Pride of the peloton. Driven by effort not electricity. Picture: GALLO IMAGES/WARREN ELSOM

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There has already been drama aplenty as the gruelling 3,519km Tour de France — the world’s premier road cycle stage race — nears the second week of its three-week duration.

And, as always with Le Tour, as it is affectionately called, there are a host of battles within battles, with SA interests right in the thick of them.

Last year’s tour winner Chris Froome, who was educated at St John’s College in Johannesburg, is again a contender, along with South African Daryl Impey (arguably the first African to wear the race leader’s yellow jersey). Impey races for the Australian team ORICA BikeExchange. And the Dimension Data team is racing in SA colours.

Dimension Data, in particular, says Gregory van Heerden, secretary-general of Cycling SA (SA’s governing body for cycling), “has punched above its weight” in the early stages of this year’s race. The team delivered evergreen sprint racer Mark Cavendish first over the finishing line three times in the race’s first six stages — better than any of the 22 teams in the race.

But, as always with the tour, the sprint tussles are only one of the clashes in this, the 103rd running/riding.

And it is not just rivalry between the pedallers. Equally fierce is the intense long-running arm-wrestle between race administrators and the, seemingly inevitable, cheats, particularly the drug cheats who plague the sport.

Now a new cheating challenge has emerged just as the administrators seemed to be gaining the upper hand following the UCI (cycling’s world governing body) and the US Drug Administration’s exposure and unsaddling of self-confessed super-cheat Lance Armstrong in 2012,which resulted in him being stripped of his record seven consecutive tour titles.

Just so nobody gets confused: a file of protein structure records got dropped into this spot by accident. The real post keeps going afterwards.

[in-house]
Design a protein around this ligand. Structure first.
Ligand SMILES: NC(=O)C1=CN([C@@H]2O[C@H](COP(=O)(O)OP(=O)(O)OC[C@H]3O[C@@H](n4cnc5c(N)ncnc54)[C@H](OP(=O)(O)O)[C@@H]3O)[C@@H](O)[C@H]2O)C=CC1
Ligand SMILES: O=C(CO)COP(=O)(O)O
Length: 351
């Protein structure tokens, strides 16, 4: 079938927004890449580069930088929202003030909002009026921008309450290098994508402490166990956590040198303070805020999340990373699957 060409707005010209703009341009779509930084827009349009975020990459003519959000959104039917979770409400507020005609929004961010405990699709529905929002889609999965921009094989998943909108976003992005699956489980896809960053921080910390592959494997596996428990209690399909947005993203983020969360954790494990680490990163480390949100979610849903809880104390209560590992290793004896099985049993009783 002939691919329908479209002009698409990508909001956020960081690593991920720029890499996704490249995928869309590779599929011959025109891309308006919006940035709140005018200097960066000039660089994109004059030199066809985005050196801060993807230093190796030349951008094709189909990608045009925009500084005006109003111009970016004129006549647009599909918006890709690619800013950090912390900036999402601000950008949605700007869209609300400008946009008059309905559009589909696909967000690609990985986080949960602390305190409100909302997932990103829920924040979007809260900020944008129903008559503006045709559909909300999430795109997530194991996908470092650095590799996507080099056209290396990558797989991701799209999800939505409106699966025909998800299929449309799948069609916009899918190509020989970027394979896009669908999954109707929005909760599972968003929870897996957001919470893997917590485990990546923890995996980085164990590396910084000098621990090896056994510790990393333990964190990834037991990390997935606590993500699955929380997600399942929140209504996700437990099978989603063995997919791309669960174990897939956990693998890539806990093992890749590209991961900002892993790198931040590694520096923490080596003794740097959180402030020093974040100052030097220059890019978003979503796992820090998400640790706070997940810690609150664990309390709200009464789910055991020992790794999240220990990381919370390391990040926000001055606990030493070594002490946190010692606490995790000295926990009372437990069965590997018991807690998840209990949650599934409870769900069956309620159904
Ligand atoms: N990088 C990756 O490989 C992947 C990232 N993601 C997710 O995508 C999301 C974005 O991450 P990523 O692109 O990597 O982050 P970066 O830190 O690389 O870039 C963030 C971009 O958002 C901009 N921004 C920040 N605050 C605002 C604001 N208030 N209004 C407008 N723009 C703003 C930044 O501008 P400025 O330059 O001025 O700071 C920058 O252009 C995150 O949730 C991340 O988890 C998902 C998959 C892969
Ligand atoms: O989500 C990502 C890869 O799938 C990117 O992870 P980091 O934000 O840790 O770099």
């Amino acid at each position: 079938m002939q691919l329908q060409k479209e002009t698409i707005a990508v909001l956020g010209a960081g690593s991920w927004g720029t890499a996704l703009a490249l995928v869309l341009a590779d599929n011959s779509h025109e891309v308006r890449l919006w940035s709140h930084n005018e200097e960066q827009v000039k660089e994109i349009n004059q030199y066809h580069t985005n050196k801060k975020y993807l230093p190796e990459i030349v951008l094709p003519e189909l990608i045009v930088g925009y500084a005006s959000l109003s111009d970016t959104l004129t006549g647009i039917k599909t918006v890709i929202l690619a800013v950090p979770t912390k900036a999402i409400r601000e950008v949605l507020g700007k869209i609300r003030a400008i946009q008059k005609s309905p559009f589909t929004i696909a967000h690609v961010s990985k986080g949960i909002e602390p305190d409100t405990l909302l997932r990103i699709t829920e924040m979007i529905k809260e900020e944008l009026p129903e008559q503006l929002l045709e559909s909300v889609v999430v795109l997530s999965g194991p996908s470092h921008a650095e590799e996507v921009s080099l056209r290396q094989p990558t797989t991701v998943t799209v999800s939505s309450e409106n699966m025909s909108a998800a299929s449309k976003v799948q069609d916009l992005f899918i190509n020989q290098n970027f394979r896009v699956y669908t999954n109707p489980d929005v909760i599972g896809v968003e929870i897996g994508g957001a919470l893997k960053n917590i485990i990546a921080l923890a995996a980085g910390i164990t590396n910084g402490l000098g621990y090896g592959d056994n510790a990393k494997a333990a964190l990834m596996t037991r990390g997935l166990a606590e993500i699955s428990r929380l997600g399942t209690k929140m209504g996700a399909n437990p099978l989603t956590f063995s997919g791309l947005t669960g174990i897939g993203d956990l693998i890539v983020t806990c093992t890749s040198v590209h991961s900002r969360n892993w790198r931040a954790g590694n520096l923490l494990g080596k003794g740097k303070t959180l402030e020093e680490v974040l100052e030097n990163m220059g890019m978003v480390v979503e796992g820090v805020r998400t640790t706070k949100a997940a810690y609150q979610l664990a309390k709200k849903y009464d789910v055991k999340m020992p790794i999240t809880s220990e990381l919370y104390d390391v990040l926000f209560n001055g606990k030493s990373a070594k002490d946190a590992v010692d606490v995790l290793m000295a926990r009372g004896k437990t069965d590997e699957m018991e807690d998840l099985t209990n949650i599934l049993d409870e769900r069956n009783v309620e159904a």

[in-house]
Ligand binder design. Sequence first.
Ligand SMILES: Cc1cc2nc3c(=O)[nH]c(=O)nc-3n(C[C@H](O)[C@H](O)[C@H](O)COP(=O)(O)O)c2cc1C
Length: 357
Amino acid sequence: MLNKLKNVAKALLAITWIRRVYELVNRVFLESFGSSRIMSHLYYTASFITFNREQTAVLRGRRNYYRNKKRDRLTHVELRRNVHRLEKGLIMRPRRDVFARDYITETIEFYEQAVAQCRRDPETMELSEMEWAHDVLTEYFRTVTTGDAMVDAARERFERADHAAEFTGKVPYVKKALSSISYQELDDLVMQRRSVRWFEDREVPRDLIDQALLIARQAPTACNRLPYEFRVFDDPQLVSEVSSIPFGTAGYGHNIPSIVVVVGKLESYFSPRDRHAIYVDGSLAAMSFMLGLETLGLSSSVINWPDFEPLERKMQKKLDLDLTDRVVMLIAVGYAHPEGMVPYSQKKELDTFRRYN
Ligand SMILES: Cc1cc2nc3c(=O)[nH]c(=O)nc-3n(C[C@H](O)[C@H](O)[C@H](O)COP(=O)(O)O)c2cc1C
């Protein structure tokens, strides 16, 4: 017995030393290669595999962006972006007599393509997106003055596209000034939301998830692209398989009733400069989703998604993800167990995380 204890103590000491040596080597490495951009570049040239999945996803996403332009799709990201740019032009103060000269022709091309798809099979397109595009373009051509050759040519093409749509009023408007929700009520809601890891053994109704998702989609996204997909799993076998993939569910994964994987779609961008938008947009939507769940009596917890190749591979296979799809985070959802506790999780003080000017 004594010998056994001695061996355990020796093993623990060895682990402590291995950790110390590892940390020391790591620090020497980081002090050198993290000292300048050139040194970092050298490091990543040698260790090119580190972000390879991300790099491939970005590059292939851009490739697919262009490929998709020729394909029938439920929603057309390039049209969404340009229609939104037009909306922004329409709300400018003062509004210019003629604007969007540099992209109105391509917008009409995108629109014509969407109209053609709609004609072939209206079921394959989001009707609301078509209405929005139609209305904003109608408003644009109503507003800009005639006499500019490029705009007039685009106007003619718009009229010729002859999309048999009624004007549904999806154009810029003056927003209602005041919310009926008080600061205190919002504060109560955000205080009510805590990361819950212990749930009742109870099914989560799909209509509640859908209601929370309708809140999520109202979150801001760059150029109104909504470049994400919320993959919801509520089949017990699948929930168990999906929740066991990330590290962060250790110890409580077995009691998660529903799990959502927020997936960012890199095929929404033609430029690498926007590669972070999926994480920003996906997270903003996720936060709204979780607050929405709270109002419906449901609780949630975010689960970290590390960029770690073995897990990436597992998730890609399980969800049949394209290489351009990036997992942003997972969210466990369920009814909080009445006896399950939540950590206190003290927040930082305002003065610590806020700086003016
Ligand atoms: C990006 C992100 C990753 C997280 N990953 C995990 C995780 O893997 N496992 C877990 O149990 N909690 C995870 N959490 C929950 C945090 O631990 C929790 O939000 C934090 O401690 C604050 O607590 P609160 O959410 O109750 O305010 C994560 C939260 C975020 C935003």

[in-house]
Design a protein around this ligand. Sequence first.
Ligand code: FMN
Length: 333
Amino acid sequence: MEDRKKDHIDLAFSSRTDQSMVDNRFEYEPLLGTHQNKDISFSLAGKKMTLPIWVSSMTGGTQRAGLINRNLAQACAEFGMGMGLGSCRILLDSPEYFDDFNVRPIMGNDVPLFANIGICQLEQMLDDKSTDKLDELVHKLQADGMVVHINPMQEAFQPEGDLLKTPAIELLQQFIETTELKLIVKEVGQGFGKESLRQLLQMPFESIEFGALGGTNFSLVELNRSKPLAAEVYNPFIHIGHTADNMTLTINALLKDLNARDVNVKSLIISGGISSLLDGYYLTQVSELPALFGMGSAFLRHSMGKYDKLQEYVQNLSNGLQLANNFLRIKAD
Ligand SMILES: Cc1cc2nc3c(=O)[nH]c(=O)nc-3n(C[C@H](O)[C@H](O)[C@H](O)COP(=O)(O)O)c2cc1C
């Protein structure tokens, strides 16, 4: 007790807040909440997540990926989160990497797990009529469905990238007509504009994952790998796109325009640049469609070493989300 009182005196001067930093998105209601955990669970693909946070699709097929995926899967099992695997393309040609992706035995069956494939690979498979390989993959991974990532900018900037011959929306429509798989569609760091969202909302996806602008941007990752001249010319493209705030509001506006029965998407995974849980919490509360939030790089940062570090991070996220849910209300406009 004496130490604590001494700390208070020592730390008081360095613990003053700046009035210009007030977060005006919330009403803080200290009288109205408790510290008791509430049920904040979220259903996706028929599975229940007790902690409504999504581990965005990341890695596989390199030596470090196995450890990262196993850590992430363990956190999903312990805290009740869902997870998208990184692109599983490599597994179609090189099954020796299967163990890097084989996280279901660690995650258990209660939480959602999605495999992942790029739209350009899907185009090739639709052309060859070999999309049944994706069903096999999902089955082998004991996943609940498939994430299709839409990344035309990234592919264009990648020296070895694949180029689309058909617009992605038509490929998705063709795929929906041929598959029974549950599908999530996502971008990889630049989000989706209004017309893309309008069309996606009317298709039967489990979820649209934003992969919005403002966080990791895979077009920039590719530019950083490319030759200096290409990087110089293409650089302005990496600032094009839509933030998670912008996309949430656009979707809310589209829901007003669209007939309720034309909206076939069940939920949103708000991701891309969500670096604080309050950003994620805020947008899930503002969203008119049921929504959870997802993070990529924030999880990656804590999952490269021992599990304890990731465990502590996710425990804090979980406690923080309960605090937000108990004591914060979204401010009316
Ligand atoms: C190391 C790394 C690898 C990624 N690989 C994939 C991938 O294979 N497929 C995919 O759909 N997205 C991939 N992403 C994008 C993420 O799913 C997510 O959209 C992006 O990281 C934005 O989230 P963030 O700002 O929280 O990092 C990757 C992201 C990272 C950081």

Instead of, or as well as, steroids, masking agents and all sorts of almost undetectable performance enhancing pharmaceuticals, the latest concern is that the cheats are turning to what has been dubbed “mechanical doping” — hidden electric motors in the bicycles intended to boost rider performance and bamboozle administrators and the competition.

Organisers are not taking the threat, technological fraud to use its official designation, lightly. They are applying draconian measures to nip the practice in the bud.

Just days before the race start — giving would-be cheats scant time to plot countermeasures — the French government, cycling authorities and Tour de France director Christian Prudhomme announced jointly that race administrators would use a thermal imaging camera, developed by the French Alternative Energies & Atomic Energy Commission, to detect and expose hidden “mechanical anomalies” on the riders’ bikes.

The camera will be deployed randomly anywhere along the route, on the side of the road and even in the race, so riders will not have a clue when they are under scrutiny.

Hidden motors in bicycles are a reality. They are manufactured legitimately to assist leisure cyclists — though that raises the question: Why do manufacturers go to such lengths to make them invisible by miniaturising the mechanisms? Typically a 200W motor weighs just under 2kg, is driven by lithium batteries, and can be secreted away in the seat tube (the tube that goes from the bike saddle to the pedals, for the uninitiated). Activated automatically or by a hidden Bluetooth button in the handlebars, they can be set to assist riders for either sprinting or hill climbing.

Even more sophisticated and unobtrusive are electromagnetic systems installed in a race bike’s wheels.

The first instance of mechanical doping in professional cycling was exposed earlier this year when a motor was found hidden in a bicycle being used by Belgian Femke Van den Driessche at the cyclocross world championships. Unsubstantiated rumours, however, date back to 2010, when it was suggested that Swiss Olympic champion rider Fabian Cancellara used a hidden motor in his bike to win two European classic races — the Tour de Flanders and the Paris Roubaix.

The UCI, however, says it is confident that it has an effective, robust and reliable solution in place which it is in a position to make available to national cycling federations.

So is mechanical doping a problem in cycling mad SA? Van Heerden says: “Without the technology to detect mechanical doping we cannot determine whether this is a problem in SA. However, we will be taking steps to ensure that if it does exist it will be exposed and dealt with severely.”